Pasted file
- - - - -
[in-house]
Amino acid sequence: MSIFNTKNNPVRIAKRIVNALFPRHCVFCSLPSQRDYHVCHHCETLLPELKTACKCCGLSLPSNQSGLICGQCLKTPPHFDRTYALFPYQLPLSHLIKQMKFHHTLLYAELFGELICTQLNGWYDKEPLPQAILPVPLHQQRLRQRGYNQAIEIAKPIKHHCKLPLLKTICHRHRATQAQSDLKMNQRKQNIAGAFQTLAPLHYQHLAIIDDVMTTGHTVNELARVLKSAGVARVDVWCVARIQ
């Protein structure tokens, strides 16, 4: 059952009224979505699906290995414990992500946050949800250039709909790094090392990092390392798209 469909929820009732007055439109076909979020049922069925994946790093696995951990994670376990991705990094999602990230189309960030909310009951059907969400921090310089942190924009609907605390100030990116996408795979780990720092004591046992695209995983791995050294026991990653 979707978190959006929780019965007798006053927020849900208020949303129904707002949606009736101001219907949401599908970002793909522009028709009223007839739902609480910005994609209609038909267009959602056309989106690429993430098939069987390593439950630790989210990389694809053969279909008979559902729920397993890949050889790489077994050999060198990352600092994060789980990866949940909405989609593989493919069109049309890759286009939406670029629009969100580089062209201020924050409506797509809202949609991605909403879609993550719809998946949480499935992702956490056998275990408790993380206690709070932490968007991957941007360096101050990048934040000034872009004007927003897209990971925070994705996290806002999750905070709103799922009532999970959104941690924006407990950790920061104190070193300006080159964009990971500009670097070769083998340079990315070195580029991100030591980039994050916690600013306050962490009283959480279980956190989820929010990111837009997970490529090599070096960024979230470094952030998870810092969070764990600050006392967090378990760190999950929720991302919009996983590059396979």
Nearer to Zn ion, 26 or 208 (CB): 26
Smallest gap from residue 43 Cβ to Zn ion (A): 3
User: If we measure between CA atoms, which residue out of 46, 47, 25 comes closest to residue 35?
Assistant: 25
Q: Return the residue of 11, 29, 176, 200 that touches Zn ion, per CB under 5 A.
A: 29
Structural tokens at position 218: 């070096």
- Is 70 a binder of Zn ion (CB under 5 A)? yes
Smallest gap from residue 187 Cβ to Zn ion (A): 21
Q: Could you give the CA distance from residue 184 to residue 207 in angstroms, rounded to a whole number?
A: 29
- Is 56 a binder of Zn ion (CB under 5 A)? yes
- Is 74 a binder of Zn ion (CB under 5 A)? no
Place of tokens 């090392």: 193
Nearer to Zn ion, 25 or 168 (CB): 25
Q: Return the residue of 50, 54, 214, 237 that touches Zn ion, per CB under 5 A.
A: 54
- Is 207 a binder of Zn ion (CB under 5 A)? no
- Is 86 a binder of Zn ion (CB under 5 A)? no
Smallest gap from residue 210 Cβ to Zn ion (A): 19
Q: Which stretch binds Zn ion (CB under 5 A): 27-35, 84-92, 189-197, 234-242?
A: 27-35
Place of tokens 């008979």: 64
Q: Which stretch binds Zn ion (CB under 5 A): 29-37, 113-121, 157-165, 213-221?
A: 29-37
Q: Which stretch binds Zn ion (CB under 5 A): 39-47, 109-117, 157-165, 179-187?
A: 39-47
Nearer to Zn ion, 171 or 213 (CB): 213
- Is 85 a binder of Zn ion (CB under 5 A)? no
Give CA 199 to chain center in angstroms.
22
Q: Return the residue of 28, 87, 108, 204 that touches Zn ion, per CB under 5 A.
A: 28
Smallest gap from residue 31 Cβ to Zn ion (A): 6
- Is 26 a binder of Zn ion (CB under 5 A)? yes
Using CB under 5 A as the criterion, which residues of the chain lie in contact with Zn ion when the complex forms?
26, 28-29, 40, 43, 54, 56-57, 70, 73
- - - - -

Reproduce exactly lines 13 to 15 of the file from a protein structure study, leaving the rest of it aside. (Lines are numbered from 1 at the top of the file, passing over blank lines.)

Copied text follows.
Q: Could you give the CA distance from residue 184 to residue 207 in angstroms, rounded to a whole number?
A: 29
- Is 56 a binder of Zn ion (CB under 5 A)? yes